Cathay Pacific Breach Exposes Gap in Hong Kong Laws: Experts
Experts point out that the recent data breach that had impacted Cathay Pacific exposes a gap in Hong Kong laws.
The Hong Kong-based international airline had, on October 24, 2018, acknowledged a data breach that had impacted its computer system at least seven months before. A Cathay Pacific press release had stated, “Cathay Pacific announced today that as part of its ongoing IT security processes, it has discovered unauthorised access to some of its information system containing passenger data of up to 9.4 million people. Upon discovery, the company took immediate action to investigate and contain the event. The company has no evidence that any personal information has been misused. The IT systems affected are totally separate from its flight operations systems, and there is no impact on flight safety.”
Experts have now come up saying that this breach, which could have impacted up to 9.4 million people, has to do with Hong Kong laws, which don’t demand timely declaration. As of now, Hong Kong laws don’t demand disclosure of data leaks and that definitely is an issue.
Cathay Pacific, which had detected the suspicious activity on its network in March, had confirmed the breach in May. But the company had disclosed details of this breach last week, seven months after detecting suspicious activity. Though this delay has been harshly criticized, the airline has stated that the incident required thorough investigation because of the complexity of the data involved and that accounted for the delay.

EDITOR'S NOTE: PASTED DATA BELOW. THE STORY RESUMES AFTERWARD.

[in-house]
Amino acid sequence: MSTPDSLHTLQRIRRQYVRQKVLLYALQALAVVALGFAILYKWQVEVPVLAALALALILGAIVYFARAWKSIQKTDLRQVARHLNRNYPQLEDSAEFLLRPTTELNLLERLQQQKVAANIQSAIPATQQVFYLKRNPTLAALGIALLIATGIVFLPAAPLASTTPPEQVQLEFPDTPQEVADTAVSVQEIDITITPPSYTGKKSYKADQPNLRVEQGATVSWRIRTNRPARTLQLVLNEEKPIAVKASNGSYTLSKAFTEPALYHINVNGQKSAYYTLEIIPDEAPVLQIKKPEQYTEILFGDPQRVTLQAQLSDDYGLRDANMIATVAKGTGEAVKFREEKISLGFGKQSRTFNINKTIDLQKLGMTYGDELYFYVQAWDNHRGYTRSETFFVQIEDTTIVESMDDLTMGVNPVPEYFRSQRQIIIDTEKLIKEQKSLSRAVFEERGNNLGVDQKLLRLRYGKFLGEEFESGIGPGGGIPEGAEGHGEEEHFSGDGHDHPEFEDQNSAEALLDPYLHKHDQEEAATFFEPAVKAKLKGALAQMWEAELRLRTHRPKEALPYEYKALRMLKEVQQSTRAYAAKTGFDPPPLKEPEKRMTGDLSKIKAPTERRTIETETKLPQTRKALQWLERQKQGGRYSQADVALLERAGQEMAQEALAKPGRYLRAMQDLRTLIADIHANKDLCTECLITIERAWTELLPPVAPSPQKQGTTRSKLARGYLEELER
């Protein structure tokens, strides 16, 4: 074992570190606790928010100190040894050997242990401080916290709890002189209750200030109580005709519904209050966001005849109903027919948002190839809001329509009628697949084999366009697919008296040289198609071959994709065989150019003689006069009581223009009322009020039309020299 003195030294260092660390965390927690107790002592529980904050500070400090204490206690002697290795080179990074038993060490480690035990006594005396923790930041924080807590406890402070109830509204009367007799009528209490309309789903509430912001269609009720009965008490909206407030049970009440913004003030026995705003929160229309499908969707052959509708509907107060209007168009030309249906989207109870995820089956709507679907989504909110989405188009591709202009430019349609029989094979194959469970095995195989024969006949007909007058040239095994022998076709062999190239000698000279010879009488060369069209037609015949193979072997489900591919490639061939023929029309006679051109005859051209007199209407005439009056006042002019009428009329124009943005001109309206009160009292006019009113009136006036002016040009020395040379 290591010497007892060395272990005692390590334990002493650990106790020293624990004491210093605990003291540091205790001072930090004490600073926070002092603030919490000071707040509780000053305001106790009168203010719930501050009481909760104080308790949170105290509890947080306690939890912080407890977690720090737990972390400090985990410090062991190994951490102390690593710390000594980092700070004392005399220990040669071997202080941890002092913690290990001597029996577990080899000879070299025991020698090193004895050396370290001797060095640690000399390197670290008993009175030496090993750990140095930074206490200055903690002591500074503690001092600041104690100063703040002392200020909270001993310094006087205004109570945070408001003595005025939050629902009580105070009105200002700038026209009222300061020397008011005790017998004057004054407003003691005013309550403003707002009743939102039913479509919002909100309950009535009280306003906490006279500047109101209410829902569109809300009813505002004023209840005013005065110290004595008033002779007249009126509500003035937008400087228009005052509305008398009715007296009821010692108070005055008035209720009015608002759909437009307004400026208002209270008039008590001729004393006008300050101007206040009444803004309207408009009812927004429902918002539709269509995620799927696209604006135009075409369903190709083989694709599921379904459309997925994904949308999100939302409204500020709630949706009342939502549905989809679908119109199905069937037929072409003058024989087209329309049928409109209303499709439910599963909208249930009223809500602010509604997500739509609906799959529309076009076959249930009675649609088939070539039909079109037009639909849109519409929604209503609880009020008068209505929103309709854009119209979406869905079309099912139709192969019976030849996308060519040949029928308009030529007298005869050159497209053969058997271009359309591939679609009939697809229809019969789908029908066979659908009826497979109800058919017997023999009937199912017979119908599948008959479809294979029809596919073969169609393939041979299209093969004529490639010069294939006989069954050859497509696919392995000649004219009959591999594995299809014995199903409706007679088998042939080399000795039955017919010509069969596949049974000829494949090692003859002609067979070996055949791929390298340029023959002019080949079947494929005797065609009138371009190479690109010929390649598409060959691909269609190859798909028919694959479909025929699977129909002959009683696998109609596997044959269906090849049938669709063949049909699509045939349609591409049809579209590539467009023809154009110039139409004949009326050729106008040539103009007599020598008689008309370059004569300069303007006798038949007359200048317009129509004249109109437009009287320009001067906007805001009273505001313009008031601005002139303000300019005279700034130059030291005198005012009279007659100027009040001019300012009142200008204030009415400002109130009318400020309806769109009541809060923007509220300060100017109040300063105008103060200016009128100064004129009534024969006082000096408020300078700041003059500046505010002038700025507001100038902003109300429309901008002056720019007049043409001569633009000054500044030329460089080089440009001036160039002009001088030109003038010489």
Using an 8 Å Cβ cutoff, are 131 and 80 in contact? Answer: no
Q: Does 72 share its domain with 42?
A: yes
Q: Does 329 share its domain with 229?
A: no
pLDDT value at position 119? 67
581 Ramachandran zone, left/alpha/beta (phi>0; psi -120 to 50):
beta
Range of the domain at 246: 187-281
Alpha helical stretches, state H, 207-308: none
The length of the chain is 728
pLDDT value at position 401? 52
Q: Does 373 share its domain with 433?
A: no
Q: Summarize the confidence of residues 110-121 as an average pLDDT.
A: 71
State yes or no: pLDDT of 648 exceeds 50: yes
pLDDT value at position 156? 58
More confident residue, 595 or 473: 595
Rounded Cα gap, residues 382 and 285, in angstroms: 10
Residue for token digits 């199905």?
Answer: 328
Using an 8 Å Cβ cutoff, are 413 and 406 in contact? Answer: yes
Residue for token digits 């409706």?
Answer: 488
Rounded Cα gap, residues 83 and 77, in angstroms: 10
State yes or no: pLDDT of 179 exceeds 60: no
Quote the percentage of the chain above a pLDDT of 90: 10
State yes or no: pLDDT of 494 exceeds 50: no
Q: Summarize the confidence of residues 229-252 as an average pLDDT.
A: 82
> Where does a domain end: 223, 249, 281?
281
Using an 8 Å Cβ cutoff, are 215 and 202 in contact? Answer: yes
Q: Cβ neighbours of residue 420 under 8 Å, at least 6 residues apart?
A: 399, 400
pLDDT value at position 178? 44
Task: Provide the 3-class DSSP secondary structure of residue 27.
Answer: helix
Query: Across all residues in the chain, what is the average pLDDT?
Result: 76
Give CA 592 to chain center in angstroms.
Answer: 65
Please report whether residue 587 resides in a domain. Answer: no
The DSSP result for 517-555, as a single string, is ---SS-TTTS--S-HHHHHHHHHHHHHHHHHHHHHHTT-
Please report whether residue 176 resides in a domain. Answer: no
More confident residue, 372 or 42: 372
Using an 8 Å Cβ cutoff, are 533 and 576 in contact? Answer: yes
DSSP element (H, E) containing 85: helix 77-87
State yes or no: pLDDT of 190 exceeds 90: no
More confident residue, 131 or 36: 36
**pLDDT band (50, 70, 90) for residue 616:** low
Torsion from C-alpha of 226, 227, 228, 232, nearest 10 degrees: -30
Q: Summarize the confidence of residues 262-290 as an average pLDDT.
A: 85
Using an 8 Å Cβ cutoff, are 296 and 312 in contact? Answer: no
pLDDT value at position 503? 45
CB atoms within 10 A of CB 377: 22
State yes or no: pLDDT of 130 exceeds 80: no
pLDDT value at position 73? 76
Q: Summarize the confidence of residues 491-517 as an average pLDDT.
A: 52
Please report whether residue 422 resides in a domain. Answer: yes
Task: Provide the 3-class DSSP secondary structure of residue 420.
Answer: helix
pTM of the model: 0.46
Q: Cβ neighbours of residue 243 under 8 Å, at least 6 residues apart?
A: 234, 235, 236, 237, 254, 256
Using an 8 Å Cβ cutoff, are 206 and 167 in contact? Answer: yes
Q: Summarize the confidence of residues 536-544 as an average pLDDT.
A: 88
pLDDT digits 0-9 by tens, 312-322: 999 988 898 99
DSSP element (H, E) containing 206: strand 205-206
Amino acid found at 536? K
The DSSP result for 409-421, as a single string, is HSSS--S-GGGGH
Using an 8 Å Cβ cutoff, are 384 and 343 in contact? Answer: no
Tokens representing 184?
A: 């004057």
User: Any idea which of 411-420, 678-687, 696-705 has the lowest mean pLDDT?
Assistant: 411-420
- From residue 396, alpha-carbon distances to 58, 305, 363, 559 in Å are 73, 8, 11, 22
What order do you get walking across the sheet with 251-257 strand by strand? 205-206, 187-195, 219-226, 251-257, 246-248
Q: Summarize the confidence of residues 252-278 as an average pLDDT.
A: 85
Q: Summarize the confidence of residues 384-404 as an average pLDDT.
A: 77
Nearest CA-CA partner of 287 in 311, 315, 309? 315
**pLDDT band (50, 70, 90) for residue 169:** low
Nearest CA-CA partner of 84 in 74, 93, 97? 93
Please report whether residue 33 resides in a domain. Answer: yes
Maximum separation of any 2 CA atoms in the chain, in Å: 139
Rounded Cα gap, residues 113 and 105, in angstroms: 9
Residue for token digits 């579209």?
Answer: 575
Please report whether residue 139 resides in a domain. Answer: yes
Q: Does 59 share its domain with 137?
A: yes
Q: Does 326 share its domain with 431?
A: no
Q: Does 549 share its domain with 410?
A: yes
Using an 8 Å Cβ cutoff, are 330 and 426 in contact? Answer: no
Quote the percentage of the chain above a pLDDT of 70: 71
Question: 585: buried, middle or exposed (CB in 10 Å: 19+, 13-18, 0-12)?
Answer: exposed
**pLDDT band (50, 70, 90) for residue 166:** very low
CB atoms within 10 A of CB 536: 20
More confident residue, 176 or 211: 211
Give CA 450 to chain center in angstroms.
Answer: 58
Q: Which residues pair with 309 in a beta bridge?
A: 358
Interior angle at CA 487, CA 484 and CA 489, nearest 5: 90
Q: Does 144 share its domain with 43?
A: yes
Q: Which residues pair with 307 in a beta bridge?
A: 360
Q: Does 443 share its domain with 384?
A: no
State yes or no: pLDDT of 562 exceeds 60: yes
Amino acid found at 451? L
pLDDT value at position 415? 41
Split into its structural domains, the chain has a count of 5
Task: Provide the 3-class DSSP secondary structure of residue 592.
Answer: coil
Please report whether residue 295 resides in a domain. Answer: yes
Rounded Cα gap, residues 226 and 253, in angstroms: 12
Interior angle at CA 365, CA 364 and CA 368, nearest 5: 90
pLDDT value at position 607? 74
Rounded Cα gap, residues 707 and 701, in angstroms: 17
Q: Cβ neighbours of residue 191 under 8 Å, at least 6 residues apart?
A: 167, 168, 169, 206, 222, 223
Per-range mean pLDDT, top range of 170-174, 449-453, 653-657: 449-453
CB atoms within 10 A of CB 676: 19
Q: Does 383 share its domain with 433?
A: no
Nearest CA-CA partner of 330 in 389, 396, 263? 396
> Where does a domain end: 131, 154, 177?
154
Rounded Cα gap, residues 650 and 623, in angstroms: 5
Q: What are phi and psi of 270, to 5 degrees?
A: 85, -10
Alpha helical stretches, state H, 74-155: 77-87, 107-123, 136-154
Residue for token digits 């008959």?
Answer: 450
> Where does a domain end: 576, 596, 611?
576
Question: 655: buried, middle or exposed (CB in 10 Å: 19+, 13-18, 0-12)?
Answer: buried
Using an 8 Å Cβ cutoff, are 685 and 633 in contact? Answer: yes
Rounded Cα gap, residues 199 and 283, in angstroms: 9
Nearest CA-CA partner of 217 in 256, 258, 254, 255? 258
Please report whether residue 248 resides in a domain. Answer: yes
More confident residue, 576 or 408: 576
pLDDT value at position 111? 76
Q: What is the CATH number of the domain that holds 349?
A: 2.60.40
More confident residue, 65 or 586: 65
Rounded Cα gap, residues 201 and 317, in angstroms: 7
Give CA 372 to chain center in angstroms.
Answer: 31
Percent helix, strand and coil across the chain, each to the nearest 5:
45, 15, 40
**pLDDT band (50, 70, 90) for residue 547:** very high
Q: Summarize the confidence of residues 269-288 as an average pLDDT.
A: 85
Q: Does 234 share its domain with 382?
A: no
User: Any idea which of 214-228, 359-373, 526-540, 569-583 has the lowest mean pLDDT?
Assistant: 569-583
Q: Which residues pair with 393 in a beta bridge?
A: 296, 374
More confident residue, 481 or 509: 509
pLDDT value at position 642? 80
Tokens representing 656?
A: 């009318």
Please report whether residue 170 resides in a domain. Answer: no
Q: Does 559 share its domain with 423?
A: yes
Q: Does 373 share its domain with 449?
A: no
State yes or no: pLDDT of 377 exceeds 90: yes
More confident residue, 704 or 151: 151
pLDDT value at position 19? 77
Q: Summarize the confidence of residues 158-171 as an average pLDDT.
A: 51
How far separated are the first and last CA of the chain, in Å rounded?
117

Well, the fact that Hong Kong laws don’t demand timely declaration of such incidents needs to be discussed in the light of what is happening all the world around.
As per the new GDPR (General Data Protection Regulation), companies in the European Union countries should report any data breach within 72 hours of its detection.
Coming to the region where Hong Kong is situated, South Korea, Australia, the Philippines, Indonesia, Taiwan- all have notification-related laws in place. Singapore, where companies already are covered by the continuous disclosure obligation, too is changing its laws to suit the changing times.
Irrespective of all these changes happening across the world, Hong Kong still holds on to a privacy law that dates back to 1995 and which is based upon Data Protection Directive, the previous privacy law of the European Union. Hong Kong’s privacy law is of a rather outdated model, based on the kinds of threats to privacy that used to happen in the 1980s and early 1990s.
A report in The Straits Times, discussing the issues pertaining to the Hong Kong laws in the light of the Cathay Pacific incident, states, “Currently, disclosure of data leaks in Hong Kong is not mandated and is “a matter of best practice”, said Mr Olli Jarva, managing consultant of the software integrity group at tech firm Synopsys…Law Professor Stuart Hargreaves from The Chinese University of Hong Kong said the incident shows that the city’s privacy laws are outdated and need a refresh.”
The report also quotes Associate Professor Mak as suggesting, “Perhaps listing rules (in Hong Kong and Singapore) need to be relooked to include major data breaches such as the Cathay Pacific case as one of the specific items that should be disclosed immediately”.
The Cathay Pacific breach is currently being investigated by the police and the privacy commissioner.
Julia Sowells709 Posts
Julia Sowells has been a technology and security professional. For a decade of experience in technology, she has worked on dozens of large-scale enterprise security projects, and even writing technical articles and has worked as a technical editor for Rural Press Magazine. She now lives and works in New York, where she maintains her own consulting firm with her role as security consultant while continuing to write for Hacker Combat in her limited spare time.